2 LFOs are global rather than per voice, and can be free-running, key reset and 1-shot modes. Multiple waveforms (Saw, Tri, Ramp Up, Square and S+H). They are fairly limited in rate, 200Hz being the maximum. Both can be tempo synced.
3 Envelopes - 2 full ADSR and on A/R all are loopable and can be used at reasonably high speeds, but only one can be looped at a time.
While there are a few routing options, there is no actual mod matrix and destinations are pretty limited. Which is a shame, but does mean you have to search out the sweet spots a little more carefully
A single digital FX generator with Reverb1, Reverb2, Delay and REV/Chorus algorithms. Each has three parameter controls, which for some reason are not labelled descriptively in the LED display, parameters are also not modulation destinations, but will respond to MIDI CC.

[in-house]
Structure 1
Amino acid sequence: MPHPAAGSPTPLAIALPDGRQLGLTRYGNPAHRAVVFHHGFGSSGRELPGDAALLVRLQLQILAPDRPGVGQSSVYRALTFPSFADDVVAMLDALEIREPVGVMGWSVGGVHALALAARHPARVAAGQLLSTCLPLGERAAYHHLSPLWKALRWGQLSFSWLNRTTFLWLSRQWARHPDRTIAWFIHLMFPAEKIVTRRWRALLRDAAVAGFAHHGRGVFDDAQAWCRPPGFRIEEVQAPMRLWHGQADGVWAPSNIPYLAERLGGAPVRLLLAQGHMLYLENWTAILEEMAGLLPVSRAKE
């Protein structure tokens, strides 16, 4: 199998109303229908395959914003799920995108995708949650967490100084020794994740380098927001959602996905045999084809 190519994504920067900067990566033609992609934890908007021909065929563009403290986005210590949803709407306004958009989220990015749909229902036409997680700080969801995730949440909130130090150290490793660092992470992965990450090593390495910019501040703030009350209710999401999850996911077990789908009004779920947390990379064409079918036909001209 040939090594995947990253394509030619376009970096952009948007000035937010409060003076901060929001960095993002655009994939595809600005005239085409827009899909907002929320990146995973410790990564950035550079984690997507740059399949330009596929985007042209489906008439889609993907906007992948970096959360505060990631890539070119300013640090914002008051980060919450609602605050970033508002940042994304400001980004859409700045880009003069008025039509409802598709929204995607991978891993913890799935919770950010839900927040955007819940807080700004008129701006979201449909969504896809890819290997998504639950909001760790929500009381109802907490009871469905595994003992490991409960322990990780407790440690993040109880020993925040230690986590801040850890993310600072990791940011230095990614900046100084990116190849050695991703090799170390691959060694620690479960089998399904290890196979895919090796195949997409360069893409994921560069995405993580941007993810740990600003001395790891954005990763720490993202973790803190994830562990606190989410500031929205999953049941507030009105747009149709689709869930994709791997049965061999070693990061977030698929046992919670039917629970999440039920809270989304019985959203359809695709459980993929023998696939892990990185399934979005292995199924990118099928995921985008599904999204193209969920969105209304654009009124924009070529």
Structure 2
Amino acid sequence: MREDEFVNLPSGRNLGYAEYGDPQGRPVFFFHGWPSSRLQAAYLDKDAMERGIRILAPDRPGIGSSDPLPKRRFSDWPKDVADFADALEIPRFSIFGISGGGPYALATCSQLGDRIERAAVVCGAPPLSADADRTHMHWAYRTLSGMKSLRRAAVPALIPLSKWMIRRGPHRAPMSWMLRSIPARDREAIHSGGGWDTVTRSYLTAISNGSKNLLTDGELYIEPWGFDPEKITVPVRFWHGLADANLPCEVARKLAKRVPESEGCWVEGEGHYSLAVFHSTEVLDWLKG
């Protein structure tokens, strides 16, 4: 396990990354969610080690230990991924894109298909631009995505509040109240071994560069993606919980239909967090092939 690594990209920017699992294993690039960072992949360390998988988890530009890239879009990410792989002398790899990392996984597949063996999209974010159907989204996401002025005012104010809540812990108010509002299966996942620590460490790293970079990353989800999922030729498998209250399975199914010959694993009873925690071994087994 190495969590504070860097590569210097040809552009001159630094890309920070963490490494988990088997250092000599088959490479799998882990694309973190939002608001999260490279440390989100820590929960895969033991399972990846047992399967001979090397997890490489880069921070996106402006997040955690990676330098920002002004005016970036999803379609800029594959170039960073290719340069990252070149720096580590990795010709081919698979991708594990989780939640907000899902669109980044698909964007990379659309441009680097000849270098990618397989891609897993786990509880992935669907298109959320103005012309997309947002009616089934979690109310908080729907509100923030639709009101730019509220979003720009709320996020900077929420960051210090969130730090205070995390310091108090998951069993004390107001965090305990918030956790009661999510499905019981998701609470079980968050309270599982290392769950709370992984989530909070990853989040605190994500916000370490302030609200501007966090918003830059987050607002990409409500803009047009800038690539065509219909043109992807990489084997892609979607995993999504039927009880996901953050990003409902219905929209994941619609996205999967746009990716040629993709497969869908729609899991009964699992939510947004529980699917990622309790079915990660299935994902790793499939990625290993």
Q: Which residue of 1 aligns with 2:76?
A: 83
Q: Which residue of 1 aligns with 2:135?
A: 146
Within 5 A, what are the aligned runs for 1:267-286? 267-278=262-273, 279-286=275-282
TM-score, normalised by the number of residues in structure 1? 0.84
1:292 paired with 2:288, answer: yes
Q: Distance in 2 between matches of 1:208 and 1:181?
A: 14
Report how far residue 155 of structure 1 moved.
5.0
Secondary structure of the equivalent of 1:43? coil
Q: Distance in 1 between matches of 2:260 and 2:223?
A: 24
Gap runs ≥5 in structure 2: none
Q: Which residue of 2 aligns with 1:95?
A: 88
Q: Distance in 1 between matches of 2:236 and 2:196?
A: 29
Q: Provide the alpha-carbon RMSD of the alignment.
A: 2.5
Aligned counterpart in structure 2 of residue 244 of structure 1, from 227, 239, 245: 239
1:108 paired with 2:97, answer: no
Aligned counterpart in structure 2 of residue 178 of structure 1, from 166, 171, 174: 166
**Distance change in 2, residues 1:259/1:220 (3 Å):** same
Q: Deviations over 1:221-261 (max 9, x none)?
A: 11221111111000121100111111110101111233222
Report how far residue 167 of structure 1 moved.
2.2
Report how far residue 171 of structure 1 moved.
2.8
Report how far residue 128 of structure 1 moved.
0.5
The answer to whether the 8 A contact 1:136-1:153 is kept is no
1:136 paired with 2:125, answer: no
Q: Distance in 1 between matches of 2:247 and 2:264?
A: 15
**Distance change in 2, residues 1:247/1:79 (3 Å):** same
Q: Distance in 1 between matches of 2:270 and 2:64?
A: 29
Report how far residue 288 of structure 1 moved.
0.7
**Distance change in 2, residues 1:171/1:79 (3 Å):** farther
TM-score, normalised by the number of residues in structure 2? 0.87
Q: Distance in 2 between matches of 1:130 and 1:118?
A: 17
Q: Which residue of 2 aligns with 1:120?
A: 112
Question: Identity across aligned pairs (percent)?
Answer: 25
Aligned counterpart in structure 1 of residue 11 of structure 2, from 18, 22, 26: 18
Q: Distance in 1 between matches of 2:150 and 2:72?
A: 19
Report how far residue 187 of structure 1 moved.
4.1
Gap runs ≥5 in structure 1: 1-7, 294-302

As effect go, they are OK, though not spectacular, there are other algorithms mentioned in the manual, but perhaps these have not yet been implemented in firmware.
One thing that is quirky, is that the routing is solely from filter 1, so if you have a stereo width of the filters at 100% then the amount of FX send is also governed by the filter blend.
The Synth Pro has various voice modes: Poly, Poly1+7 (mono voice + 7 poly), Chord + 4 (4 voice poly + chord), Mono (8 mono voies) and Unisono (stack all voices and detune) - these are set globally and unfortunately are not stored with the preset - which is another quirk of the operating system - something you will become used to the more you use this.
Each of these modes sets the synth up in different ways and any change must be followed by the Enter key.